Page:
Firefox 8 release adds native Twitter search

People can now download the newest version of Firefox one day early, getting access to new features like direct Twitter search and new tab options and animations
Written by Ben Woods, Contributor

The next version of Firefox has been released for download, bringing with it stability and user interface tweaks, as well as Twitter search integration.

Mozilla posted the Firefox 8 download was posted to its FTP servers on Saturday, three days ahead of its official release on Tuesday. It is available for PC, Mac and Linux machines.

The update to the popular browser now lets users search Twitter directly for people, hashtags or topics. People can select the micro-blogging platform in the drop-down search box, or they can highlight on-screen text and then right-click and select 'search Twitter'.

In addition, the new version disables all third-party add-ons by default, in a move to make the browser more secure. People can choose to manually re-enable the add-ons that they want to use.

Loading of tabs is also handled differently when the 'show my windows and tabs from last time' is selected as the default start page. This change means that instead of simultaneously trying to load every open tab when the browser starts, it just loads the one shown and loads each of the others when the user switches to it.

There have also been a few minor cosmetic tweaks, such as changing the animation when tabs are re-ordered or detached. Mozilla has also improved WebSocket and HTML5 context menu support.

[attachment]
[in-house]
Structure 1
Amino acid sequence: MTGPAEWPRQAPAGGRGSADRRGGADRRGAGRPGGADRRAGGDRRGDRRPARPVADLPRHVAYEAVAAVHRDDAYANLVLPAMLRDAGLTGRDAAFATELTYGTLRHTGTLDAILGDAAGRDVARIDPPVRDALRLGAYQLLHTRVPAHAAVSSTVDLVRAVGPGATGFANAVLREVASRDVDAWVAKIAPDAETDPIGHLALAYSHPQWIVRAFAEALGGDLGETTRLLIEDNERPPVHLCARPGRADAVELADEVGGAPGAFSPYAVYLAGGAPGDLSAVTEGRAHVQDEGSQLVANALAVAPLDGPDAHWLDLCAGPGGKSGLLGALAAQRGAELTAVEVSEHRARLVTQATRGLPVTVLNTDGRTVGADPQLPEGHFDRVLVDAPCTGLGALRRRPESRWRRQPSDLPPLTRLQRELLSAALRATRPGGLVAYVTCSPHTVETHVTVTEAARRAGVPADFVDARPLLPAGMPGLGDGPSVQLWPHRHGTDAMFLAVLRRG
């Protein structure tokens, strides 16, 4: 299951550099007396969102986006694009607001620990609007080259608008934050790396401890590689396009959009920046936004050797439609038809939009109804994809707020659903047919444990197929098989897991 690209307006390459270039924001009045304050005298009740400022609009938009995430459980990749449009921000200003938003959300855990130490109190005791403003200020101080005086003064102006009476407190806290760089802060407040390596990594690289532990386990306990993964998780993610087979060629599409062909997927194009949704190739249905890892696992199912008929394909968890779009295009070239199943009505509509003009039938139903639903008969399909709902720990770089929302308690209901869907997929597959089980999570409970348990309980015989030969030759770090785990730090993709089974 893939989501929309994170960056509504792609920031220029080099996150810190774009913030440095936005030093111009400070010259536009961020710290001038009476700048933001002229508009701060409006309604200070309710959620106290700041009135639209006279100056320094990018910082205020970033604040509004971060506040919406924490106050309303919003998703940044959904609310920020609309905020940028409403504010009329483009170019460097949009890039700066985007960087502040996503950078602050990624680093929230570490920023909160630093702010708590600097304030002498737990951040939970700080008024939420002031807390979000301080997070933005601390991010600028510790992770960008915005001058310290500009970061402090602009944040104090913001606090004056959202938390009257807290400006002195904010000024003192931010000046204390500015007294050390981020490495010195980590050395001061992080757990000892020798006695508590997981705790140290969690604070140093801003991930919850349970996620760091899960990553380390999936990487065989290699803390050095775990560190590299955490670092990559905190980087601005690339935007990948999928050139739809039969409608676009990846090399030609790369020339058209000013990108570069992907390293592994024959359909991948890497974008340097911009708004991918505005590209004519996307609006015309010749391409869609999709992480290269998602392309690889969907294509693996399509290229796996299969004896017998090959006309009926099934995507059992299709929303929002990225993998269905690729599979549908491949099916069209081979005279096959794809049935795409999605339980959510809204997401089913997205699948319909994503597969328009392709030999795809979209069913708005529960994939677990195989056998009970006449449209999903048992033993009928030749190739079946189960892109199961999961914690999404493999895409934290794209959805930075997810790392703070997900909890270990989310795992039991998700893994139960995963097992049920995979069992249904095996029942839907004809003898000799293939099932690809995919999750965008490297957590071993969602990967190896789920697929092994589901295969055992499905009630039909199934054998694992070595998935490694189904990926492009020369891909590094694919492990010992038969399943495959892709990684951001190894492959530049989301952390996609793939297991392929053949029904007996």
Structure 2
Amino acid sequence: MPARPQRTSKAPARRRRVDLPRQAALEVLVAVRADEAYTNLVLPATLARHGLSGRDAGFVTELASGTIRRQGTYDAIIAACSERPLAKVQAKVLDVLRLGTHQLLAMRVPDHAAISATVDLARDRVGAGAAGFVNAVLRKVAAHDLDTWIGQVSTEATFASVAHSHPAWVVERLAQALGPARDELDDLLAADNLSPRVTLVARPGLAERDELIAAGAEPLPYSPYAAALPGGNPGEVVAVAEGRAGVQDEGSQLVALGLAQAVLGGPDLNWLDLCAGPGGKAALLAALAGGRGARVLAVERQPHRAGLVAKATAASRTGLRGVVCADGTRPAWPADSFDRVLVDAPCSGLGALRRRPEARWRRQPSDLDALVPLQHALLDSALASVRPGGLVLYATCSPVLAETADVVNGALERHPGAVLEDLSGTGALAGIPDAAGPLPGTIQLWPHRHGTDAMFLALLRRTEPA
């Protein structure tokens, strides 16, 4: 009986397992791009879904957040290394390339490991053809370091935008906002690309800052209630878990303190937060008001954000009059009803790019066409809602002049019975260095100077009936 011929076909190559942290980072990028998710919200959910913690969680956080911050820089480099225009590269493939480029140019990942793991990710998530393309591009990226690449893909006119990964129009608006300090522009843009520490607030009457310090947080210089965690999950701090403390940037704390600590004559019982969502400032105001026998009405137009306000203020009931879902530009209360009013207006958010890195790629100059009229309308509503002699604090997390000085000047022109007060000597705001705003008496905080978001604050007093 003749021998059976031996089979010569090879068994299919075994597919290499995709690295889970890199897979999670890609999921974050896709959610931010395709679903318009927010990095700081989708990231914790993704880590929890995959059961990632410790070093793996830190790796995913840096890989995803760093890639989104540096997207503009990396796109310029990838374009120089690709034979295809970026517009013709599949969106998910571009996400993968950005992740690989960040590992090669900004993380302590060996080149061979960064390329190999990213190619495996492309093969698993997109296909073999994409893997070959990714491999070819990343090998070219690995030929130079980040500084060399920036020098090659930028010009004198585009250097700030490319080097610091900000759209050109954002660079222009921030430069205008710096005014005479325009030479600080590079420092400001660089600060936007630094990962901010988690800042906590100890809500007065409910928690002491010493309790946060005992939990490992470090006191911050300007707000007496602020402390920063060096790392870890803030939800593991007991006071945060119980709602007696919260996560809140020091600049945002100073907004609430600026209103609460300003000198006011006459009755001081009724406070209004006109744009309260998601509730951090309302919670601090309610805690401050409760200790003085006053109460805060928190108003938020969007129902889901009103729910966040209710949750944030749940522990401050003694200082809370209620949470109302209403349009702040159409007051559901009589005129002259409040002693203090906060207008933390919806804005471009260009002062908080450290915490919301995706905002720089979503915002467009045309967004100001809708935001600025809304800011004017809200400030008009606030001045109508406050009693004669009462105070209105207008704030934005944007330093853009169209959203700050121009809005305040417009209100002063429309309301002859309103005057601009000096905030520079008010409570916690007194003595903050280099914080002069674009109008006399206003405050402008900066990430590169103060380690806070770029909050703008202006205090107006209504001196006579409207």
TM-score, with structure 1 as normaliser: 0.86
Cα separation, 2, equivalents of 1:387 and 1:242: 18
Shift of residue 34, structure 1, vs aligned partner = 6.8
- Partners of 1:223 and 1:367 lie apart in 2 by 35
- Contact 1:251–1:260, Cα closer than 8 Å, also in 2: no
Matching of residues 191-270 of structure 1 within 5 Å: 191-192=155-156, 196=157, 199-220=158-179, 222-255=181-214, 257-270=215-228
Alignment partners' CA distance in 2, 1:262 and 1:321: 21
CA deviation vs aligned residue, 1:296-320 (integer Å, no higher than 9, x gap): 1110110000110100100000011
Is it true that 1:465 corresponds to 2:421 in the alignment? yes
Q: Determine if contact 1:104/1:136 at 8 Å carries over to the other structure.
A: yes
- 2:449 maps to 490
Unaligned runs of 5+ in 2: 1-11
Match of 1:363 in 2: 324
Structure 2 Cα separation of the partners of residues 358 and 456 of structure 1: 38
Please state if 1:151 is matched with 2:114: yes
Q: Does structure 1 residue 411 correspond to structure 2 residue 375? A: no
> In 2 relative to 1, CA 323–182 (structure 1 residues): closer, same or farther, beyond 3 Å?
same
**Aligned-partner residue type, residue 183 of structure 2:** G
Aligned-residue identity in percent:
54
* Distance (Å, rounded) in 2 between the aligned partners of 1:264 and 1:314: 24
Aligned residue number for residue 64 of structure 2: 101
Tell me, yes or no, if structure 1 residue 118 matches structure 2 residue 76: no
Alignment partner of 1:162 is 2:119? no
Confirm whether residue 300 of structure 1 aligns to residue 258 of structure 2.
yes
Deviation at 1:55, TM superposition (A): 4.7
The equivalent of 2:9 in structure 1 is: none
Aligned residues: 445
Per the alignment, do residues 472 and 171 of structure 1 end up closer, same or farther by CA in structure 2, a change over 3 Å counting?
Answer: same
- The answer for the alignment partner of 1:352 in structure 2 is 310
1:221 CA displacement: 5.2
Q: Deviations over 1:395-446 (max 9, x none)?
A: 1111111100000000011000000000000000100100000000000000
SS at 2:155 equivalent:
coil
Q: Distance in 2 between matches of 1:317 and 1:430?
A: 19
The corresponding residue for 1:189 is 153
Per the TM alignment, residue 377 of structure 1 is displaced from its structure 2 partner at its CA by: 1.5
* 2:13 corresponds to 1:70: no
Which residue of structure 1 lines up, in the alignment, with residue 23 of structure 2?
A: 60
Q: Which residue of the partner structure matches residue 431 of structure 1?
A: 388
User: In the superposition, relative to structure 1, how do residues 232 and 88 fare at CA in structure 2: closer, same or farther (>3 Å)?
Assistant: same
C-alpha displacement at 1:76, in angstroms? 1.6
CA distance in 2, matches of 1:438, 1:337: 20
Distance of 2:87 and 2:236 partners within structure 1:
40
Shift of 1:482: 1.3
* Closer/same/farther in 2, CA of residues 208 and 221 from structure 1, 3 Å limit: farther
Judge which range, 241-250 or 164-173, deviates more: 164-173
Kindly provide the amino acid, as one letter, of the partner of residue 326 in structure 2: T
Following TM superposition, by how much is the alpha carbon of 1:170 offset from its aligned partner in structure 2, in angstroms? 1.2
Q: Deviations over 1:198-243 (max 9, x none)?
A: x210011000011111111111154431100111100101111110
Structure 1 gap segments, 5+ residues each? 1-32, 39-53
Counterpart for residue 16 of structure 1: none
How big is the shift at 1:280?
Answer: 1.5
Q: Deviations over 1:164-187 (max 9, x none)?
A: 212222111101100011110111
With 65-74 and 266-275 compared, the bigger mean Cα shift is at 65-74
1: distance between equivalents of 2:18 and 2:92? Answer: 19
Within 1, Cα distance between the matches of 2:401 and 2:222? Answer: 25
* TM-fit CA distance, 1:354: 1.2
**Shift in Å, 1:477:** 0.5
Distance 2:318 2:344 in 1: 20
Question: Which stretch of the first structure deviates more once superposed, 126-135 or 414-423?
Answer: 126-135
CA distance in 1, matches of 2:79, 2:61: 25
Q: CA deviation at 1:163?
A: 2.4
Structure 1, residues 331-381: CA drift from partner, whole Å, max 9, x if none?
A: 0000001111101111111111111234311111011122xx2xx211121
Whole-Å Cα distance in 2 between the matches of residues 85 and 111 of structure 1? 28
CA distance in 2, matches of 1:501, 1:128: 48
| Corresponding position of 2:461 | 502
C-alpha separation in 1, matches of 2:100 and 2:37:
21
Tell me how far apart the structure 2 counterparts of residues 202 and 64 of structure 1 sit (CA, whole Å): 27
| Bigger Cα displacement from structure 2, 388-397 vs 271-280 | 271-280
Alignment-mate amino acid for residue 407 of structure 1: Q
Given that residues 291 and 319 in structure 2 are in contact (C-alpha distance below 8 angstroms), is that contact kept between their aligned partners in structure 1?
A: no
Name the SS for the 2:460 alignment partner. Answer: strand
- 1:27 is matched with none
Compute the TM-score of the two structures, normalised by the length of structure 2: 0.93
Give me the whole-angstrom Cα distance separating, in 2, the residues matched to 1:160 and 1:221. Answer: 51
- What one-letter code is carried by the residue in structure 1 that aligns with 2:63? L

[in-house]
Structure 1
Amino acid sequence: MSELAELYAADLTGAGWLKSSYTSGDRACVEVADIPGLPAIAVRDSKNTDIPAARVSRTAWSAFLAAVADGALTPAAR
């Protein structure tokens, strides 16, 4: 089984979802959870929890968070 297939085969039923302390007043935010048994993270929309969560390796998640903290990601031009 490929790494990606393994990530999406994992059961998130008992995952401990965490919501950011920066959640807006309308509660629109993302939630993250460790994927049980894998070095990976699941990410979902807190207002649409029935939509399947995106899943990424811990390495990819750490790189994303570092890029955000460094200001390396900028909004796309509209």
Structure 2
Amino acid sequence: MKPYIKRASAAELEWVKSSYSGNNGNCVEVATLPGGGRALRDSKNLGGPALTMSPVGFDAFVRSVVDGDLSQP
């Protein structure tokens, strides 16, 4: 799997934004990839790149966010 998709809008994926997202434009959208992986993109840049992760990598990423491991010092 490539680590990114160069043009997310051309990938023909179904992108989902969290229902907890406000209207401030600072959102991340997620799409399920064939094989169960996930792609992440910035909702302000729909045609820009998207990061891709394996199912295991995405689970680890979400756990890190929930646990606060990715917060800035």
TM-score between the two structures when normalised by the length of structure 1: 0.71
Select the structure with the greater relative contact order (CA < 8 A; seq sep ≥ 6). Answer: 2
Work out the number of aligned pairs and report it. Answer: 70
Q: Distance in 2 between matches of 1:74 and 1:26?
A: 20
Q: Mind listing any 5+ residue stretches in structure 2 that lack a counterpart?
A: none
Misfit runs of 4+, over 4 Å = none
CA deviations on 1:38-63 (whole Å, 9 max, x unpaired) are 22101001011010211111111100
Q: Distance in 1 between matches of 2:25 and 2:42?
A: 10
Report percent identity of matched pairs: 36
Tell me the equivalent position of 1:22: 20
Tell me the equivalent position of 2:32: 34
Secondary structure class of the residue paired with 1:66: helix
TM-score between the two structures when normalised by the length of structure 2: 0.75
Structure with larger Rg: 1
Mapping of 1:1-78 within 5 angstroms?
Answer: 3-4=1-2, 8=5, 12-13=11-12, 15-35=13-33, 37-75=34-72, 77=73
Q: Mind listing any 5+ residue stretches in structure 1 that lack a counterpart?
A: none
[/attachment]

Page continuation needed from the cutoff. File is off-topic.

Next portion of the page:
Since March, Mozilla has released a full new version of Firefox around every six weeks, a schedule also followed by the Google Chrome browser. However, some developers and businesses have become frustrated, saying they are unable keep up with the rapid release schedule.

Mozilla also intends to mirror is the silent update process feature found in Chrome. This feature automatically makes sure users are always on the most recent version of the browser. However, the auto-update feature is not yet present in Firefox, though elements of it are expected to be ready by the end of the first quarter of 2012.

Microsoft has held off from switching to a similar quick-release cadence for Internet Explorer. According to Martin Beeby, developer evangelist at Microsoft, this will not change in the near future.

According to Netmarketshare's figures, both Internet Explorer and Firefox have lost ground to Google Chrome since the beginning of 2011, but retain the top two spots in terms of browser market share with 52.63 and 22.52 percent, respectively. Chrome is currently in third place, with 17.62 percent market share, according to the figures.

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